'A Black Veil for Lisa' Isn't Worth Unveiling

by Imran Khan

16 November 2015

An obscure relic from late '60s European cinema, A Black Veil for Lisa is a standard giallo thriller -- minus the blood and thrills.
 
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A Black Veil For Lisa

Director: Massimo Dallamano
Cast: John Mills Luciana Paluzzi

US DVD: 27 Oct 2105

A Failed attempt at film noir, A Black Veil for Lisa (1968) is the story of a young double-crossing socialite who is double-crossed by her older detective husband. Cut from the same cloth as the many giallo films which flooded the market in its day, the film employs the usual template of a giallo with all the absurd twists and turns—minus the blood and thrills.

Suspecting his flighty wife, Lisa (Luciana Paluzzi), of being unfaithful to him, Inspector Franz Bulon (John Mills) begins grilling the red-haired beauty about her whereabouts. Lisa is exasperated with her husband’s insistence that she is straying and continues to dismiss his accusations. As it turns out, Bulon has good reason to suspect that his wife is cheating; it seems she had a brief tryst with a younger man once during the marriage. Bulon wants to believe that he and his wife have moved beyond the rough patches in their relationship, but there’s still that nagging feeling…

Meanwhile, Bulon’s work on the police force has him on the trail of an assassin who is killing off drug dealers. It turns out that the assassin is Max Lindt (Robert Hoffmann), a hitman working for a gang of drug lords who have hired him to pick off their rival dealers. Max is usually careful in his work. But one night during a kill, Max leaves behind incriminating evidence, which Bulon eventually finds. At some point, Bulon catches up with Max.

The inspector also finally learns that his wife is indeed cheating on him, after he spies on her and catches her in the act. Rather than turn Max in, Bulon proposes an offer to the young assassin – one that will finally rid him of his two-timing wife for good.

This is your average paint-by-numbers thriller, where everything you expect to happen does because you’ve seen it too many times before. In a tired romantic angle, Max falls in love with Lisa and this subplot further decelerates an already tedious storyline which struggles to keep a respectable pace.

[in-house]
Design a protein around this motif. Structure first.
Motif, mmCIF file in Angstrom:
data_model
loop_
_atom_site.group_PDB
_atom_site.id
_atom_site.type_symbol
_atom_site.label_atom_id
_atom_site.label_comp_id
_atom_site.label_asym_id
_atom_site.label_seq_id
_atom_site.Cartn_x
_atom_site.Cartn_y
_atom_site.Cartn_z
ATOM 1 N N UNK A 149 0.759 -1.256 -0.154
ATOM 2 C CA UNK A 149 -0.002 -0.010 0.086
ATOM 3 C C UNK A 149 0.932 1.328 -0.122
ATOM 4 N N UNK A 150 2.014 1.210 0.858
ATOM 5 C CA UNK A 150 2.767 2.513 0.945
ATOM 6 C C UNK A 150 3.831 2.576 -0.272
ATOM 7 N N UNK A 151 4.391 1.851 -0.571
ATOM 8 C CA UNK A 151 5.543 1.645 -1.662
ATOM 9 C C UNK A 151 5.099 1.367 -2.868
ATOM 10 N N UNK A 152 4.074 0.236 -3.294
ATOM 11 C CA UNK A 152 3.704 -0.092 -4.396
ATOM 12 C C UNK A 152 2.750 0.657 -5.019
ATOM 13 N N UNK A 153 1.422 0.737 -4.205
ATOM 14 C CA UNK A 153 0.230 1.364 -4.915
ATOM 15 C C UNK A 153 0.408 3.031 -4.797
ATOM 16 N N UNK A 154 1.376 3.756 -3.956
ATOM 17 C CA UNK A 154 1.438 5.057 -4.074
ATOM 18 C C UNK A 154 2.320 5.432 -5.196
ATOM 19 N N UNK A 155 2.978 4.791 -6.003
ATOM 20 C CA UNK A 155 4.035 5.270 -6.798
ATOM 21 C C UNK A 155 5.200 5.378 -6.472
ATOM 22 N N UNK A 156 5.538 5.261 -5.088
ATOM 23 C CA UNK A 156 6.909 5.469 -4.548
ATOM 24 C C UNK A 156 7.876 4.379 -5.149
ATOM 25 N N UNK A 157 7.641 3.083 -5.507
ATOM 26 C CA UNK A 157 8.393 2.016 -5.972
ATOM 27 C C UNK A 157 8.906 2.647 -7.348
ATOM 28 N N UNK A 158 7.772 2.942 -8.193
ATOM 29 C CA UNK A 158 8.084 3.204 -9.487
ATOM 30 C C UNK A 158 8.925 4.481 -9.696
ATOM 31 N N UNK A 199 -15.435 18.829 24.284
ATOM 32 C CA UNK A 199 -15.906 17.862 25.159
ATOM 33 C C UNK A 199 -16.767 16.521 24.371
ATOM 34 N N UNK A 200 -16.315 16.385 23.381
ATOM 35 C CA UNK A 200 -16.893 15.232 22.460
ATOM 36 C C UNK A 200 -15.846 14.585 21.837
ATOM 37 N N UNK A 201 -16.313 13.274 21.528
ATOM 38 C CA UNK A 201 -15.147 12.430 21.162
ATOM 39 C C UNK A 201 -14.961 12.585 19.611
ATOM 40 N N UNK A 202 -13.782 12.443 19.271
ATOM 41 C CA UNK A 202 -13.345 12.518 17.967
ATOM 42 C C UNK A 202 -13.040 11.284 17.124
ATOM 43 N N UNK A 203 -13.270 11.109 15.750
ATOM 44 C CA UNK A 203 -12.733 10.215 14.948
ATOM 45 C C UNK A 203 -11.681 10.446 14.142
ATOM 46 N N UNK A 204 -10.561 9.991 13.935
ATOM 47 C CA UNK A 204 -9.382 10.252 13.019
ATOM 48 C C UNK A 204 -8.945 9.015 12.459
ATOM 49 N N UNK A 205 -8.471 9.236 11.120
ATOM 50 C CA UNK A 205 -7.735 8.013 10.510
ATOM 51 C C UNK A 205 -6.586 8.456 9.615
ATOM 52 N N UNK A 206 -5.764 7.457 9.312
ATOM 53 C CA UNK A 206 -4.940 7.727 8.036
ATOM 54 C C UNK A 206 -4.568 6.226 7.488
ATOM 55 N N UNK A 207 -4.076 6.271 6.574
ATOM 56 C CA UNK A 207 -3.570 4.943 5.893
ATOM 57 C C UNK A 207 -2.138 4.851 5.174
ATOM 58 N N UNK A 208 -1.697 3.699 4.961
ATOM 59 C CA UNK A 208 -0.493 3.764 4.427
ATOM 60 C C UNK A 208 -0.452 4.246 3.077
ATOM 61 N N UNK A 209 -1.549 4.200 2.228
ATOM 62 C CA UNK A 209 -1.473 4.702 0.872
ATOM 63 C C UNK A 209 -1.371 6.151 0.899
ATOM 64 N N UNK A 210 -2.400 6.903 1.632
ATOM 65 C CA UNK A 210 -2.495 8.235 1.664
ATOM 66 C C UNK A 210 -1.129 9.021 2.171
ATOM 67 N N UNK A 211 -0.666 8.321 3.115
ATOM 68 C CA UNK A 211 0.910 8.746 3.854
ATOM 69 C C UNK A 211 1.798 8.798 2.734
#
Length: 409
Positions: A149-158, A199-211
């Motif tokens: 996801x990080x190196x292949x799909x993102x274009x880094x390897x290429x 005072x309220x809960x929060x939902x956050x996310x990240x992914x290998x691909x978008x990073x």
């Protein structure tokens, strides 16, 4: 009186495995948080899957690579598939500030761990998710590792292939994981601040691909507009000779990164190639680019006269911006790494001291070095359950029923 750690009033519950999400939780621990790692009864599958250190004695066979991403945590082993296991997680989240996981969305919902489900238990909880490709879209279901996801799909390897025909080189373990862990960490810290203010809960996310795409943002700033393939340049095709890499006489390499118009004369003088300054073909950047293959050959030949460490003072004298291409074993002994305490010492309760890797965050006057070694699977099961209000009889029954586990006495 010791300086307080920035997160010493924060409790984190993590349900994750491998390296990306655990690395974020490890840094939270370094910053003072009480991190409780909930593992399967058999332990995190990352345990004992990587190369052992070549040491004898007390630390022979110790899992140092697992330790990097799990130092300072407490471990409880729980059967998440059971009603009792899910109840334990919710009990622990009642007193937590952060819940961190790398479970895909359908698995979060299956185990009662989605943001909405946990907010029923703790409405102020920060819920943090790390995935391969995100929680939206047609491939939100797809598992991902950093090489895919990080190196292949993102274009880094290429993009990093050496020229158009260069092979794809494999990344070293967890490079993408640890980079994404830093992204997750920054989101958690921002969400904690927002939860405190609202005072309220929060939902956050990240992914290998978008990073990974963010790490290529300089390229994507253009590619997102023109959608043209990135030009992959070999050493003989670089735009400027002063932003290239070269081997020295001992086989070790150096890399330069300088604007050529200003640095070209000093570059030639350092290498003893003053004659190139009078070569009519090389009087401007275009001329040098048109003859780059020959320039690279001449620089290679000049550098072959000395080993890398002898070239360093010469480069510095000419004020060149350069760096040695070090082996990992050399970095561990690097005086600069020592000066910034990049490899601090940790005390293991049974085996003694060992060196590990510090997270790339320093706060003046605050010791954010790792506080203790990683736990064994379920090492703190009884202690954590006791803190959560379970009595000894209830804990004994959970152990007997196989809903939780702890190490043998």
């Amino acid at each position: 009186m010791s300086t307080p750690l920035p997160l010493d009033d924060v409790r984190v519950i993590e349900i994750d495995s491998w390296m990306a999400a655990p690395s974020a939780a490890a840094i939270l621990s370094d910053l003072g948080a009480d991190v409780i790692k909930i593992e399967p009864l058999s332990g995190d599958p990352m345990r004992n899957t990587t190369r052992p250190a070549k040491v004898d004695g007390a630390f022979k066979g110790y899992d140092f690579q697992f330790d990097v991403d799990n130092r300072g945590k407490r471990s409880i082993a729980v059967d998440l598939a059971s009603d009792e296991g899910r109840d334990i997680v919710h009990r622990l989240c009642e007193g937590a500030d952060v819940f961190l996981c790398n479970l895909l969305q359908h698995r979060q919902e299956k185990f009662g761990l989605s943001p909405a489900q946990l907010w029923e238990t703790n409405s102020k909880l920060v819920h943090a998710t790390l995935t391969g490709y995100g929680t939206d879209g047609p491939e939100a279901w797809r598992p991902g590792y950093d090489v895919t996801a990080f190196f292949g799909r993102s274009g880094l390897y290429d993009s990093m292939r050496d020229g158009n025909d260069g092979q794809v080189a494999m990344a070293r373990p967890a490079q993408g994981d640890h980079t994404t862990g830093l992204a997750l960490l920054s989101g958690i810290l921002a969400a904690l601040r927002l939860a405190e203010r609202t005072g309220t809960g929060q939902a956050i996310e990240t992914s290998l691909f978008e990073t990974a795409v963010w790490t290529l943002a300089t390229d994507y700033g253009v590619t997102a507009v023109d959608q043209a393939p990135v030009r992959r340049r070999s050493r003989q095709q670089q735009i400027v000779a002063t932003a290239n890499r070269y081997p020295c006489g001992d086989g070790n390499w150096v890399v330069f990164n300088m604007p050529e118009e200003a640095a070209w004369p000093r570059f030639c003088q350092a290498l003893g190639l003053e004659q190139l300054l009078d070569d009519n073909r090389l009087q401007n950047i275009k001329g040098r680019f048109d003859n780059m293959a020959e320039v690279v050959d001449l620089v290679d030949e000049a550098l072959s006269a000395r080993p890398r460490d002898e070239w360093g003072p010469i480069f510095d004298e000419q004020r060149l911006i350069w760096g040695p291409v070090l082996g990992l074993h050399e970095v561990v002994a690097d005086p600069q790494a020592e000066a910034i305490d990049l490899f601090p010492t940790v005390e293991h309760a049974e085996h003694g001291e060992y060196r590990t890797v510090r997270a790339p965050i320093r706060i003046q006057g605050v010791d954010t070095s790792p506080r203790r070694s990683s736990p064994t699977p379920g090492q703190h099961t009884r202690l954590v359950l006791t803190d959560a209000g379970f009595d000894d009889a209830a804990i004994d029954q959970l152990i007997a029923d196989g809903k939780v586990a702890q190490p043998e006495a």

It doesn’t help that Paluzzi (best known for her role in the Bond film, Thunderball) offers no signs of life in her listless performance. This may have something to do with the poorly dubbed dialogue, but Paluzzi cannot seem to manipulate her facial expressions into anything resembling a sentient creature. There’s no conviction in the language of her movements onscreen and her scenes with the far superior Mills (who would later charm audiences with his Oscar-winning performance in Ryan’s Daughter) painfully reveals her limitations.

For his part, Mills can only work with what he’s given and he turns in a fairly solid depiction of a paranoid curmudgeon. Add to all of this lacklustre direction with an already limp storyline and you’ve got a damp Euro-thriller with noirish pretensions.

The look of the film may certainly appeal to nostalgia-freaks – from the bouffant hairstyles and lilac go-go boots to the tacky wallpapered bedrooms featuring antiquated vanity mirrors. But it smacks of late ‘60s paisley-designed excess; the film is unnervingly frozen in its time period and reveals much of the limitations of its budget (nothing in terms of its art design seems aesthetically arranged for the purposes of cinema; it’s merely props and slap-dashed decor here). This means that in addition to a leaden script, there’s nothing that holds interest visually. It makes the film even more of a chore to get through.

Olive Films’ transfer has cleaned up the film some, but there are still a number of instances where the picture suffers from print damage. Seeing how this was undoubtedly low-budget, the problems may lie in the source print. There are scratches, specks, minor dirt and some flicker throughout. But it isn’t to a highly distracting degree. Colours are fairly muted, though this is most likely because such colours were of popular fashion during the film’s day (muted browns, dull yellows and pea soup greens).

Sound is serviceable and comes through fairly clearly, if a little softly sometimes. Perhaps the only issue with the audio track is that much of the dialogue is dubbed – and not especially well. This wasn’t uncommon of many European films back in the day and A Black Veil for Lisa is no exception. There are no extras on that feature on the disc.

It has to be noted that much of Olive Films’ catalogue consists of obscure and rarely seen films. Which is why it can be argued that releasing a film like A Black Veil for Lisa is warranted, if only for posterity’s sake; the practice of reaching deep into the vaults to retrieve numerous films which were once destined to simply languish is indeed highly commendable. So it’s unfortunate that A Black Veil for Lisa isn’t a winner by any stretch.

If you’re looking for a solid offbeat Euro-thriller, pick up the far superior Olive Films title La Belle Captive, instead. 

A Black Veil For Lisa

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